NEW YORK (The Deal) -- Since 2007, Zayo Group and its private equity backers have rolled up close to 30 fiber networking companies, many of them orphans from the telecom bust of 2002.
The Englewood, Colo., outfit, run by chairman and CEO Dan Caruso, has also accumulated an impressive group of PE backers, including GTCR, Battery Ventures, Centennial Ventures, Charlesbank Capital Partners, Columbia Capital, M/C Venture Partners, Morgan Stanley Alternative Investment Partners and Oak Investment Partners.
With recent gains by the stocks of peers such as Level 3 Communications (LVLT) and TW Telecom (TWTC), bankers and analysts have suggested that 2014 would be an auspicious time for Zayo to go public and perhaps raise funds to launch European deals.
"The multiples in the fiber space have certainly moved up nicely," said Donna Jaegers of D.A. Davidson.
"They are looking at that," she said of the valuations. "Plus, if you are a PE backer that's always the easiest way to get liquidity."
Fiber deals have been valued at 9 to 11 times Ebitda, and Jaegers suggested that Zayo would look toward the higher end of that range. She said she expects the company to file an S-1 in early spring.
Cowen and Co. valued TW Telecom at 9.8 times projected 2014 Ebitda, and Level 3 at 8.3 times Ebitda, in January. Zayo would arguably trade above those numbers.
About a third of the company's sales come from dark fiber, or strands of fiber that are not lit by optical communications equipment. Large corporate or telecom clients provide the equipment to light the fiber themselves.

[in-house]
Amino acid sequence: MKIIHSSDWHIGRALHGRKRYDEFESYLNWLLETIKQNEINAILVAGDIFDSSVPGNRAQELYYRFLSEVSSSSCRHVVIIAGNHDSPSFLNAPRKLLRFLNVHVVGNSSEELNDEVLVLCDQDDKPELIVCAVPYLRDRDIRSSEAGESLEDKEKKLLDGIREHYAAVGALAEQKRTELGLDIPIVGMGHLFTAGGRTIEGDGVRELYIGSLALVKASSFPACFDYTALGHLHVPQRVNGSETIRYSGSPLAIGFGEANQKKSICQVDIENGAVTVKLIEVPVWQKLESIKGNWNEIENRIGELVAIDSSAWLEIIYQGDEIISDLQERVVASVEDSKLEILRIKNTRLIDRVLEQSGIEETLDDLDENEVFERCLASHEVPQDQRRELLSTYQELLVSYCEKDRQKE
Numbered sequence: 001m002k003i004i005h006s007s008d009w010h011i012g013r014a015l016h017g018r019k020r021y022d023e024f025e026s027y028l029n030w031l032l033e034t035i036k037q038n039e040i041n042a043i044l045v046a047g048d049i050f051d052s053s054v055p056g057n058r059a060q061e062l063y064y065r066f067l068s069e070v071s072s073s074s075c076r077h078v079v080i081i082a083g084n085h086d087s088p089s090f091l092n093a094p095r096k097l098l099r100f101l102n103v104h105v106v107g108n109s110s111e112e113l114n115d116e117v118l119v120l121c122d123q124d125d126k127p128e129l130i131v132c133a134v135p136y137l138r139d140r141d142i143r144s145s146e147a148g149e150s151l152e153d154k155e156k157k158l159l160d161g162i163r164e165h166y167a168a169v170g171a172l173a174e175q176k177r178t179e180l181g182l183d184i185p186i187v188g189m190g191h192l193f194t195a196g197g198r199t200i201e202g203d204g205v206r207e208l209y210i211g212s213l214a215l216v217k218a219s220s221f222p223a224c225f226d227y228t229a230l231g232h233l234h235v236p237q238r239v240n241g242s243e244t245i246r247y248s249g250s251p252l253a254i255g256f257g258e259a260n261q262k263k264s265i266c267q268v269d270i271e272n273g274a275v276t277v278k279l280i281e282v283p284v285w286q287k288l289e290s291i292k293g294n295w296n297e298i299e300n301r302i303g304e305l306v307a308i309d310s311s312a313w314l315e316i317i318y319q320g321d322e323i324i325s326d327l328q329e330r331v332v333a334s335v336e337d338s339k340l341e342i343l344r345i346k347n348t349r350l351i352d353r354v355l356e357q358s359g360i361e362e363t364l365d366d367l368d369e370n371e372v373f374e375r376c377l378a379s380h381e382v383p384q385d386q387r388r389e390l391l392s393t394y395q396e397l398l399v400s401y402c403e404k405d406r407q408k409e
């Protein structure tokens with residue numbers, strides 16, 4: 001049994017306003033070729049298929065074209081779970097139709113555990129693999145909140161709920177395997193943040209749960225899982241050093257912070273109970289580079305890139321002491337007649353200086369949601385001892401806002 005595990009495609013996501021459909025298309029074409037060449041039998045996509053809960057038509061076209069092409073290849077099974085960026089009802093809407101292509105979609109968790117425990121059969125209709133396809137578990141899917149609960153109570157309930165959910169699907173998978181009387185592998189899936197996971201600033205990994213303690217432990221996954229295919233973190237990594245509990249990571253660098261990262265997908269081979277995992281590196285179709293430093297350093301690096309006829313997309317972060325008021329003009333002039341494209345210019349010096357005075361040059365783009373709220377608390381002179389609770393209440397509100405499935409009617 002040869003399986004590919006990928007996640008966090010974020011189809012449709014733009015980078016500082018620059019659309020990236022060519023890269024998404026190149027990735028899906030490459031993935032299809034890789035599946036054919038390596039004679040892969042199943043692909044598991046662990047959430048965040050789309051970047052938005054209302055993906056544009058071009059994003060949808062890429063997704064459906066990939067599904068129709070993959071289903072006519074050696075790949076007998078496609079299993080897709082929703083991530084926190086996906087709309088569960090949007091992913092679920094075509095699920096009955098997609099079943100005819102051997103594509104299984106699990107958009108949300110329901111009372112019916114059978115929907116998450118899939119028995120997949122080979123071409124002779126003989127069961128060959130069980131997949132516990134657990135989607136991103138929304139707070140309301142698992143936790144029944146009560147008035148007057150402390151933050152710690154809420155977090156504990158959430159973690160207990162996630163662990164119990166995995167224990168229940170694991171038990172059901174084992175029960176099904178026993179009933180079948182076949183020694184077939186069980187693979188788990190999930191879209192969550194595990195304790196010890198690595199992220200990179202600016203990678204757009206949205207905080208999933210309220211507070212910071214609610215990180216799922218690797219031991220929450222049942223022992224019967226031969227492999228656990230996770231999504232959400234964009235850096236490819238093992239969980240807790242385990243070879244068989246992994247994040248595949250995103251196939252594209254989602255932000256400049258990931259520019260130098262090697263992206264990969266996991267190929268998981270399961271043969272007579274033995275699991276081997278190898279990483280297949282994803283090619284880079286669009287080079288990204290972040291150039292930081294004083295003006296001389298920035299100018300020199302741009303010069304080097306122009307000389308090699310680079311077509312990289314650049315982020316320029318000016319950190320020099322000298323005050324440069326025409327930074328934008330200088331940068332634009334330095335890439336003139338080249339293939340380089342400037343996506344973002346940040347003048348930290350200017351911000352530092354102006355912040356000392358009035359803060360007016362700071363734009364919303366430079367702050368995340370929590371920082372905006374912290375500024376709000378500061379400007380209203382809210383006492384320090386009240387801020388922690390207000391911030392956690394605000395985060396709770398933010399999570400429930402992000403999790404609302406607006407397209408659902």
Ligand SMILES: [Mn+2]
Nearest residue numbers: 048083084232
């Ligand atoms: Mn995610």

The average contract length is 15 years, and the terms often include price increases to cover the cost of inflation.
Zayo has more than $620 million of annualized adjusted Ebitda. At a multiple of 10 to 11 times Ebitda, the company could support an enterprise value of $6.2 billion to $6.8 billion, including about $2.8 billion in long-term debt.
That would leave more than $3 billion in equity value. GTCR invested in Zayo about two years ago when Zayo launched a $2.2 billion acquisition of AboveNet.
Zayo offered no comment.
While Zayo has rolled up much of the U.S., Jaegers said an initial public offering could help the company pursue European groups such as the fiber unit of Colt Group, in which Fidelity Investments owns 70% of the stock; euNetworks Group; or Hibernia Atlantic Cable System.
The blueprint for Zayo came from ICG Communications, a distressed telecom that Columbia Capital and M/C Partners acquired in 2004 for $8.7 million. The backers put Caruso in charge. ICG divested some assets and in 2006 sold outright to Level 3 Communications for $170 million. Zayo's website said that the backers made 25 times their investment.
Zayo's investors would not earn that level of return on an IPO but would have a profitable exit from their fiber roll up.